File Under: The Path Not Taken | Compliance
Power is great. Not just in teaching. Any form of power feels awesome. You can have power over situations. You can feel powerful physically. You can have power over people and even determine the outcome of their lives. Your boss can fire you, having a devastating effect on your future. You can get promoted, which sets a course for future success. With that being said, I completely understand why teachers would feel powerful in their classroom.
I’ve recently left the classroom after about 6 years of teaching Computer Science. I have been thinking a lot about my tenure. Most of my reflections are positive. I certainly learned a lot about myself, and grew as an educator. Despite all that growth, I’ve been preoccupied lately with the things I either didn’t do, or the things I did that I shouldn’t have done. Welcome to a series of posts I’m calling “File Under: The Path Not Taken”
Today I’d like to talk about compliance.
Hands on Top
Let’s talk about all the ways we ask our students comply with our demands in a day:
Quiet while I am talking
No running in the hallway
No talking in the hallway
Stand in a straight line
No talking during class
Stay in your seat
I could honestly keep going - feel free to add more in comments, but I think you get my point. Generally speaking, at school, we demand our students to be constantly sitting, and constantly quiet. I’ve seen hundreds of ways we ask for this, if you’re an elementary teacher “Hands on top, that means stop..” is a mantra you may say 15-20 times a day! Honestly, I don’t mind these strategies we use in the sense that it is important to get your kids attention sometimes; though I always felt goofy doing it. What I mind, is a constant, unrelenting demand we have for students to be silent and still.
I was as guilty of this as much as anyone. Full transparency - here are some things I totally did, all the time. I kept my hands on my head until the whole room was completely silent after doing “hands on top.” I made my students stand in a line outside quietly before they were allowed to come in. I’ve stopped my class in the middle of the hallway walking somewhere, of course - in a line, in order to give them a lecture on talking loudly in the hallway and not being in a straight line. I did those things. I did other similar things. I regret doing them. I think I would have had more meaningful relationships with my students if I had not done those things.
In my defense, I loved when my students talked in class. I let them work together and talk together virtually all the time. But more often then not, I was still constantly demanding compliance in my class. It may not have been talking, but it would have been something else. I was always exerting my power over my students in, what I believe now to be, completely unnecessary ways. Sit down, don’t do that, give that back, where are you going? Sound familiar? I hope not, but I bet we do this all the time without realizing it. The combination of the fact that this is the way school has always been done, and the intoxication of power, have conditioned us into this mode. We’re so caught up in the fact that we can, we don’t stop to think about whether we should.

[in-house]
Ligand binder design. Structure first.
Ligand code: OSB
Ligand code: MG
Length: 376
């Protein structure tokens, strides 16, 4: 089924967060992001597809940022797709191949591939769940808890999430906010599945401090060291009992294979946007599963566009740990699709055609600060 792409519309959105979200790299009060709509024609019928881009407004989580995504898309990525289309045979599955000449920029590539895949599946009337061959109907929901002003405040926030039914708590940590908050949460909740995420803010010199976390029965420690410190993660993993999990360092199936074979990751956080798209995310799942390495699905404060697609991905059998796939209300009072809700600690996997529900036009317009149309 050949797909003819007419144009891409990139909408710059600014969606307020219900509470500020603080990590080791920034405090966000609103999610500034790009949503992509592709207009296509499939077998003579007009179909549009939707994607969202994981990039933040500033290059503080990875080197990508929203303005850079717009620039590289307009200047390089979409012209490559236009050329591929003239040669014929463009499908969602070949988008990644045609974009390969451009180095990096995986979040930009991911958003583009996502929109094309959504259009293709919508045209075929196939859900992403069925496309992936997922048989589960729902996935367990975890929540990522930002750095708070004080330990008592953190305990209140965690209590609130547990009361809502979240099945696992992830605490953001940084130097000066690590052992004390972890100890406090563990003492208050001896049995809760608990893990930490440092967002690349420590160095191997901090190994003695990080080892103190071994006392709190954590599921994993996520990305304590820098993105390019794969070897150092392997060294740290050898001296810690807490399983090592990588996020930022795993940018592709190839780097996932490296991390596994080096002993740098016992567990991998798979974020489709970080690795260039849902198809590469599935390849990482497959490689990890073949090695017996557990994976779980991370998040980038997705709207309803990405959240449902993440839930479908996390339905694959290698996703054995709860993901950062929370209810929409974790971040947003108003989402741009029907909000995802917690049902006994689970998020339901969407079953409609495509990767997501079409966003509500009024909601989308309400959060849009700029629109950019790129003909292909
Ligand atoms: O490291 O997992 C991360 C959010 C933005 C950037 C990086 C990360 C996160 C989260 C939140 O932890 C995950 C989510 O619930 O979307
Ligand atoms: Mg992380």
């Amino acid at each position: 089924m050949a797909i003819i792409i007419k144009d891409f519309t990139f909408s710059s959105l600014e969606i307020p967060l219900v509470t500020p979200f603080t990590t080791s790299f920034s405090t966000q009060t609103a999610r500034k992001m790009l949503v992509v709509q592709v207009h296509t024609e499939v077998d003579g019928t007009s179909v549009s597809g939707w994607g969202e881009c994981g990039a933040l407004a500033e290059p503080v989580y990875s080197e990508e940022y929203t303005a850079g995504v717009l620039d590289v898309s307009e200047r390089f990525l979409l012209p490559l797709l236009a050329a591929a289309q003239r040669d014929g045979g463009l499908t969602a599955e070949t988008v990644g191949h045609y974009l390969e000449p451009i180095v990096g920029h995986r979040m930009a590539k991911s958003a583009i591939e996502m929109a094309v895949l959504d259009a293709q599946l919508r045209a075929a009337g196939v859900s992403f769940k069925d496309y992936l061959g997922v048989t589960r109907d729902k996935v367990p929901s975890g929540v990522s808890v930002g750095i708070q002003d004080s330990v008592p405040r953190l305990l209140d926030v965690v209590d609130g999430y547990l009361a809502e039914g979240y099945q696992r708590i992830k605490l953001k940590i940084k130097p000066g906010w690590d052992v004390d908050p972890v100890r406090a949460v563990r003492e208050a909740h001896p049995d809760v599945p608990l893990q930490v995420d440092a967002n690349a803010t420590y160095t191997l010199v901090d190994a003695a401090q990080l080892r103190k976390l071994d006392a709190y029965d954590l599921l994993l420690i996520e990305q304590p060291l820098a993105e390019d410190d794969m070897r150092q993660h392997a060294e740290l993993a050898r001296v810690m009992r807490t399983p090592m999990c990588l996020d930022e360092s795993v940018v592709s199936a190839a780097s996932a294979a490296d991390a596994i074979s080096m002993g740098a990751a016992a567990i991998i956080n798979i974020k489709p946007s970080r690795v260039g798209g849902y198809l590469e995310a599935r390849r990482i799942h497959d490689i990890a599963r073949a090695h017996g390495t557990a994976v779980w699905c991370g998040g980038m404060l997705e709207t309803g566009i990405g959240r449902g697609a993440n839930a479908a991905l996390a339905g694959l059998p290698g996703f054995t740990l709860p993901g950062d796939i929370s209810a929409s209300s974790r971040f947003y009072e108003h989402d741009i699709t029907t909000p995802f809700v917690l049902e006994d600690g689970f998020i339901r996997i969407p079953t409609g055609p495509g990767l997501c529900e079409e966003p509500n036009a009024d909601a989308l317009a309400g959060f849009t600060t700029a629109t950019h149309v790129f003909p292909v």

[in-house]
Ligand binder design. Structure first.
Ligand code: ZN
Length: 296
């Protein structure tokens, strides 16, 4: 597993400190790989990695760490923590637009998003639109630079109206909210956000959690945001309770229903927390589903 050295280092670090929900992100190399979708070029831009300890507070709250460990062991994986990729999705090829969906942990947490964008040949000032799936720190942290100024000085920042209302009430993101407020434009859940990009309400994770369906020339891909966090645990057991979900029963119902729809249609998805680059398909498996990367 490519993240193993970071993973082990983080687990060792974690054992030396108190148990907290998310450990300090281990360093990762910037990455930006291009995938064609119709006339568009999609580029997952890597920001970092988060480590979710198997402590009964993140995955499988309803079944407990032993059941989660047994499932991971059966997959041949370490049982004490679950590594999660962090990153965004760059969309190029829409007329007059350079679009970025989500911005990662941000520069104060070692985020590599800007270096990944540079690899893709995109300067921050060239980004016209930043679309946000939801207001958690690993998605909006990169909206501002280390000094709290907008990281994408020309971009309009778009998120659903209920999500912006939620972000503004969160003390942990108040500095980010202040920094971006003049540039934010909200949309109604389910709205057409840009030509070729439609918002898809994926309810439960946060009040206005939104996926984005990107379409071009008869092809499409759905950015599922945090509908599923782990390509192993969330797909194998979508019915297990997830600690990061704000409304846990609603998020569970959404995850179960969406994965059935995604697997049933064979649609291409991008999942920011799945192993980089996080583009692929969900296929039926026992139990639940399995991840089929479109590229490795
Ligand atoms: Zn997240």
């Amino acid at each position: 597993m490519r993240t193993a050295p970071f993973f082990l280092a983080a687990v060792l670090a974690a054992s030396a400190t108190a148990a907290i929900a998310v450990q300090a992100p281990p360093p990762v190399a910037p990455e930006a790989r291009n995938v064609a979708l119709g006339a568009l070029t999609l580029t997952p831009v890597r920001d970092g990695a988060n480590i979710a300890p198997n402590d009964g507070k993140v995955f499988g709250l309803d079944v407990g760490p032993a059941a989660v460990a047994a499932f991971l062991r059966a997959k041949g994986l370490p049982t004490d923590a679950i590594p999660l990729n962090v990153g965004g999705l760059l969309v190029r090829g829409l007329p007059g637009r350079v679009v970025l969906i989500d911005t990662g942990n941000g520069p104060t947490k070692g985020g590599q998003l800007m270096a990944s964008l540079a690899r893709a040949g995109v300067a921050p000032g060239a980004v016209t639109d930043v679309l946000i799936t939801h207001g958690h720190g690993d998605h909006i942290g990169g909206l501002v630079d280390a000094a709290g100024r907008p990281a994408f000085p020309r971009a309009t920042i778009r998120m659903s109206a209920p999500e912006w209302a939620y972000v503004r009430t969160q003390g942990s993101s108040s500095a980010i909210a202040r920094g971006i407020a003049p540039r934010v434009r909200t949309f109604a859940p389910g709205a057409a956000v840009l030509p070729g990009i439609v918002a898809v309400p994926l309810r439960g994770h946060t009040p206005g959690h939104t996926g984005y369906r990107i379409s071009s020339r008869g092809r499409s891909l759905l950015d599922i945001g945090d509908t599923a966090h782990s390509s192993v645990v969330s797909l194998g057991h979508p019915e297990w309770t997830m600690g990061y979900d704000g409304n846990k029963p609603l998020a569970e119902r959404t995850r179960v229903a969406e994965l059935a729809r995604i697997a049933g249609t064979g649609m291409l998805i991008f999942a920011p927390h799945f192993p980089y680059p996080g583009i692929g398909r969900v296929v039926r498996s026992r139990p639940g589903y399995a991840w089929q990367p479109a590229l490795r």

Obviously you can make a case that talking in the hallways while other students are working is bad. I’m cool with that, I agree. But these demands for compliance, these specific ones and others are, in most cases, pointless otherwise. They also have a very low return on energy and time invested and, in my opinion, probably do more harm than good. To make my point, ask yourself this. If you had:
An amazing class culture, full of fun and excitement.
Kids who loved you, adored you even.
Students who worked hard for you and never wanted to disappoint you.
A class of mutual trust and respect
Don’t you think they would comply with some of the more common school norms without the demands for compliance or lectures when not complying? I do.
So how do you do this? I’ve been thinking about that too. I think instead of noticing a student is talking about “non-school” stuff in class and correcting that behavior from across the room, go over to that student and talk to them about what they are working on, give them some positive encouragement, maybe some advice and a pat on the back. How about instead of waiting for my kids to line up outside the room quietly, I invite them in enthusiastically and get them pumped for another class. I could have easily done these things, you can do stuff like this too.
My point is, I challenge you to think about the ways you are asking your kids to do exactly what you are asking them all the time, or the ways you are trying to express your power over them in the class. It is time teachers ceded some of the control of the classroom to our students. I think this is the best way for them to learn. By relinquishing control of the classroom just a little bit more, I bet you have students who smile more, who laugh more, who enjoy your company more, and who learn more effectively. By giving up just a little of your power, I bet your classroom becomes incredibly powerful. Give it a try, I wish I had.